Some weeks ago I was approached by an editor from Cambridge Scholars Publishing (an imprint I’ve never heard about before) with a request to review a book that presented a new theory of history. I agreed, the book arrived in the due course, and so here are my thoughts as promised.
First, about the author. Jim Penman received his Ph.D. in history in 1985, but he didn’t become an academic, instead going into business. He started a servicing franchise, called Jim’s Group, which eventually become very successful. According to a recent interview, a career in business wasn’t his first choice; he went into it because he couldn’t get a job in academia.
Jim Penman at the Jim’s Group headquarters in 2012. Photo: Luis Enrique Ascui. Source
But he kept his interest in history through the years, and now he is out with the book, Biohistory, which summarizes his thinking and theories about such Big Questions as, why are some societies are much wealthier than others? Why do civilizations fall? These are, of course, questions that have been asked many thinkers in the past, and ones that we are addressing, or plan to address, in our own work within the Seshat project.
The book itself is clearly written and well-researched. Penman is up on current literature and cites most important recent research in theoretical social history, including my own (on which more below).
So what is Biohistory? Basically, it’s the idea that the main moving force of history is the biological characteristics of individual people. Penman comes up with several such characteristics, assigning them letters C, V, S, and so on. For example, C is “a physiological system that adjusts behavior to conditions of limited food. … Characteristics of C in humans include hard work, discipline, and willingness to sacrifice present consumption for future benefit.” Penman then comes up with a variety of factors that affect how C changes with time in a particular society.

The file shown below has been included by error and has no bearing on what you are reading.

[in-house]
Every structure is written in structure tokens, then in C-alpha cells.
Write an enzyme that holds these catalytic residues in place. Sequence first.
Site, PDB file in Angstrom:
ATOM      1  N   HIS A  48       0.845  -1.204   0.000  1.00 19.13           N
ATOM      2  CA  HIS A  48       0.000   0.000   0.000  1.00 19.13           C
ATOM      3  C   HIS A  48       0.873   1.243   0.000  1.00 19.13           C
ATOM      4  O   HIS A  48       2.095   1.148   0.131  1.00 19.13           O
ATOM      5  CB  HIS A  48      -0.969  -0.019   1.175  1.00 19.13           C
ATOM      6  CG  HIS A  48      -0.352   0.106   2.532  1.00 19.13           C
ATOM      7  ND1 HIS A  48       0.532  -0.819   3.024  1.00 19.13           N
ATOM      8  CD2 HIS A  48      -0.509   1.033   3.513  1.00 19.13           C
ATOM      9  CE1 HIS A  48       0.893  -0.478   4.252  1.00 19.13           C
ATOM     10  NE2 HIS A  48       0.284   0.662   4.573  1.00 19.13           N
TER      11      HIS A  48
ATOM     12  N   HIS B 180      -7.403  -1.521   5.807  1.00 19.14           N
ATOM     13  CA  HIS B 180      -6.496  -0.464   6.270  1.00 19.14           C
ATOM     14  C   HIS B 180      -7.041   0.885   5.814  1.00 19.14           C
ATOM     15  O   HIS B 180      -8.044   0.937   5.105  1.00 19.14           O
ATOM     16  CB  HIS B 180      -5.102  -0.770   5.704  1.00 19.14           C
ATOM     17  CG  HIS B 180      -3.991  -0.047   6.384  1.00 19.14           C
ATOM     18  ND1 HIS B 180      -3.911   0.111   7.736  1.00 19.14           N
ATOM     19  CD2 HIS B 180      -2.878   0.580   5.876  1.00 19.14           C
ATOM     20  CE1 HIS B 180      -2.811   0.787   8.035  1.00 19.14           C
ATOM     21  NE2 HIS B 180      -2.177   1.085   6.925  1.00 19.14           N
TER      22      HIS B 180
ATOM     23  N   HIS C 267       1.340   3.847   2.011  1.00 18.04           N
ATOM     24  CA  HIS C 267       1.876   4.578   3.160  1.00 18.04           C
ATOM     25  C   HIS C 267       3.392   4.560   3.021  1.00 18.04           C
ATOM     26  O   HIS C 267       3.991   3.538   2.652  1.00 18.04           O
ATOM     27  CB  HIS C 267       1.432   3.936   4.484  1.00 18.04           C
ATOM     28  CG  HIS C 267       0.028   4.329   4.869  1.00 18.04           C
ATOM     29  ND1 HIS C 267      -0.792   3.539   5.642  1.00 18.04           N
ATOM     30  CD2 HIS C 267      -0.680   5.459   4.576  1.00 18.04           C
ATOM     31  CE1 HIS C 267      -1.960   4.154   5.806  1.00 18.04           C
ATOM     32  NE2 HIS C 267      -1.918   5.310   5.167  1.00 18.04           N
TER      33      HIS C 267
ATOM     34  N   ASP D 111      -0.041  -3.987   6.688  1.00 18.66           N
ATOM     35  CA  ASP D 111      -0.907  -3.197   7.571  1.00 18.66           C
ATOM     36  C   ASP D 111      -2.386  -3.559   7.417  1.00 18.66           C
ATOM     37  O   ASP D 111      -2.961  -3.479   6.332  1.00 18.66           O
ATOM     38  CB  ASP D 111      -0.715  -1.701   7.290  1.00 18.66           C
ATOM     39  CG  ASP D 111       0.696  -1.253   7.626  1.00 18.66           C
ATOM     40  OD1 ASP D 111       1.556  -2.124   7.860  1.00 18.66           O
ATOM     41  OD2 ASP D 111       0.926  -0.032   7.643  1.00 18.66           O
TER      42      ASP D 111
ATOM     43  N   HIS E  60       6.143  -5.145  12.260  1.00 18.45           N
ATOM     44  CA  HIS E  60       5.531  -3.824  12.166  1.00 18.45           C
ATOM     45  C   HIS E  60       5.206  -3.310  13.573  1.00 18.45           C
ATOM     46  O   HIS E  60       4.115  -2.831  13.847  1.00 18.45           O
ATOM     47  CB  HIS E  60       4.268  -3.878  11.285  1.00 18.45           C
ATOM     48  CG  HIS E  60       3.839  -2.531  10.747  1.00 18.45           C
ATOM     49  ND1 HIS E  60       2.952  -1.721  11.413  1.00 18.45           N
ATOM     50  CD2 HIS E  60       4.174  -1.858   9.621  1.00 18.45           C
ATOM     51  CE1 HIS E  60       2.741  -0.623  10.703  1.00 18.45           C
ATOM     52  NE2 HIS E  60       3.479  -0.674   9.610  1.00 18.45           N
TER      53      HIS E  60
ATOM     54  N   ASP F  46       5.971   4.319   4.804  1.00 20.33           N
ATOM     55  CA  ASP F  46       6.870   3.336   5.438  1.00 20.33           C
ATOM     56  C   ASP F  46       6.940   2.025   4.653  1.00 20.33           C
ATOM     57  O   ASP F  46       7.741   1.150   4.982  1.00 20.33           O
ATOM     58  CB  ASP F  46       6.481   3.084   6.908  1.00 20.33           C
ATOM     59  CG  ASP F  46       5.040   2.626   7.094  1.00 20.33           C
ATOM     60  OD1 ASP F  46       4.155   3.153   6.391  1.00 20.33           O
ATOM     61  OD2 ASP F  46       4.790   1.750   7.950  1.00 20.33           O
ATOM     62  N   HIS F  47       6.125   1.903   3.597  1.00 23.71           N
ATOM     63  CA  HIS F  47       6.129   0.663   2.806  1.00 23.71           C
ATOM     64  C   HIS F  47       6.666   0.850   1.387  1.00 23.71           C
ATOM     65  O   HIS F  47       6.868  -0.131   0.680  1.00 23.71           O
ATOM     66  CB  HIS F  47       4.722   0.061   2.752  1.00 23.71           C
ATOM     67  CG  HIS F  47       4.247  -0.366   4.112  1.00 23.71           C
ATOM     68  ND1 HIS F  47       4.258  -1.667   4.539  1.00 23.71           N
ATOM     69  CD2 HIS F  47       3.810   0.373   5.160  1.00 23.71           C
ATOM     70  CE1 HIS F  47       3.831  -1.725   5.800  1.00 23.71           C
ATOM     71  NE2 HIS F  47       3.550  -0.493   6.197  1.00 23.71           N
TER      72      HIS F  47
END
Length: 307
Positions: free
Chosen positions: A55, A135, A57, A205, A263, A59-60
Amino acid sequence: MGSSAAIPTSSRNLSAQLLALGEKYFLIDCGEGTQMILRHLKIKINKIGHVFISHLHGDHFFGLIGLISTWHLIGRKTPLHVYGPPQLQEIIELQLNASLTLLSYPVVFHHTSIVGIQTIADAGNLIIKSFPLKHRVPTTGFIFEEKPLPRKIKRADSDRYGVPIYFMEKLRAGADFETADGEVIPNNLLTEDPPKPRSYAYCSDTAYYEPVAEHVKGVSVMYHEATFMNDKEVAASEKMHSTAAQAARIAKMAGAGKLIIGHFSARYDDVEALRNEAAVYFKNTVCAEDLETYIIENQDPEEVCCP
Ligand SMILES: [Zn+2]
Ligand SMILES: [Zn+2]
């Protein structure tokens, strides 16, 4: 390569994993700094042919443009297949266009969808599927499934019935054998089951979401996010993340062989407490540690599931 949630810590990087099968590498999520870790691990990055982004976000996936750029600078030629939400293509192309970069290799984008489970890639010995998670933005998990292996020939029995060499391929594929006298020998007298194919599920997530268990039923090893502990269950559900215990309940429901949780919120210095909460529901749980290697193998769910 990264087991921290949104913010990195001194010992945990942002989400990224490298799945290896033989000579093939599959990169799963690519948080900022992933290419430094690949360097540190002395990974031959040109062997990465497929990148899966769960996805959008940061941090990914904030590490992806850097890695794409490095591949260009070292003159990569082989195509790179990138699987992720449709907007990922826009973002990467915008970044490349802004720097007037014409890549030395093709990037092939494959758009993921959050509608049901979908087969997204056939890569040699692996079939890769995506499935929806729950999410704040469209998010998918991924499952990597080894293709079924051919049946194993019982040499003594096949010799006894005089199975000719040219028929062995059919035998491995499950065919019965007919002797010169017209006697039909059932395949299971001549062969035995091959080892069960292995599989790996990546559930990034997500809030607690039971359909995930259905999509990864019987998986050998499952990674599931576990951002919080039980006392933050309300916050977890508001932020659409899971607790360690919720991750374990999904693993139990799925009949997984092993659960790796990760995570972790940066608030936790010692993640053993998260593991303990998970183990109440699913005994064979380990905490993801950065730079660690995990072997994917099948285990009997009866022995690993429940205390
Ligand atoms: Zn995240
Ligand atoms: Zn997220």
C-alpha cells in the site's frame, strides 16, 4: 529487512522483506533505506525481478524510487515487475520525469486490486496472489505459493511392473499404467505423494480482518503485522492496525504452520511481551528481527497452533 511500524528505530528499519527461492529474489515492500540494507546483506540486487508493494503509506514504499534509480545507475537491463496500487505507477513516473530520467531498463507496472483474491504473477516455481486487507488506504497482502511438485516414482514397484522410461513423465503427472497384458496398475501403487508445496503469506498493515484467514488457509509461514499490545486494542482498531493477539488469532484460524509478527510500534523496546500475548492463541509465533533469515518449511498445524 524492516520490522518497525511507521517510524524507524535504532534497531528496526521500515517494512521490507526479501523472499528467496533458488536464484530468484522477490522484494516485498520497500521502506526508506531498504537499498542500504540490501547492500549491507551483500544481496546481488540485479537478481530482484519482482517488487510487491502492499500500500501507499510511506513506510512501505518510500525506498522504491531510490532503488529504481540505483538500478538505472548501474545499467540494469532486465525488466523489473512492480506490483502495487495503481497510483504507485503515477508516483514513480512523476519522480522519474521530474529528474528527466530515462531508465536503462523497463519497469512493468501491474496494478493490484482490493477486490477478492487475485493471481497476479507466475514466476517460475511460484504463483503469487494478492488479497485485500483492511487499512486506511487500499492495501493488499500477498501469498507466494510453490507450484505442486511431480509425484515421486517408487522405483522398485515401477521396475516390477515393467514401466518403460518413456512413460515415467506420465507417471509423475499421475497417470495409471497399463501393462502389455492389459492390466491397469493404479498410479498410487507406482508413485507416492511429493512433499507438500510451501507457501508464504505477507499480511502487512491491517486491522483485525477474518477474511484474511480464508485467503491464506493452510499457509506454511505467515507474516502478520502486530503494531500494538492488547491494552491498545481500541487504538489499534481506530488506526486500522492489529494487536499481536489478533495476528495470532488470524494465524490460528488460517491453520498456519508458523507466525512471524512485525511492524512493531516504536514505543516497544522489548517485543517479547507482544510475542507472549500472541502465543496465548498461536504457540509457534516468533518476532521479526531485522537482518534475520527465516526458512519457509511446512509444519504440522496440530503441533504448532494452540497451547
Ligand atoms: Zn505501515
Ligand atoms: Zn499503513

The book is quite long (over 600 pages) and presents many different ideas, all of which I lack space to discuss. So let’s take one of the more dynamical theories in the book, which Penman calls “lemming cycles.” I chose to address this particular theory, because I have some expertise in lemming cycles (in fact, my greatest scientific coup was publishing a paper in Nature that was featured on the journal issue’s cover about lemming cycles).
Perhaps more relevant is that I have also done a lot of work on the structural-demographic dynamics, which is an alternative theory to what Penman proposes.
Here’s a summary of Penman’s theory (from the Glossary at the end of the book):
A fluctuation in a trait known as ‘G’, believed to be a mammalian mechanism triggered by occasional food shortages which causes an alternation between V and C. Reflected by changes in population growth, political cohesion, and habits of thought. Normally around 300 years in humans but lengthens in ‘Dark Ages’ following the collapse of civilizations.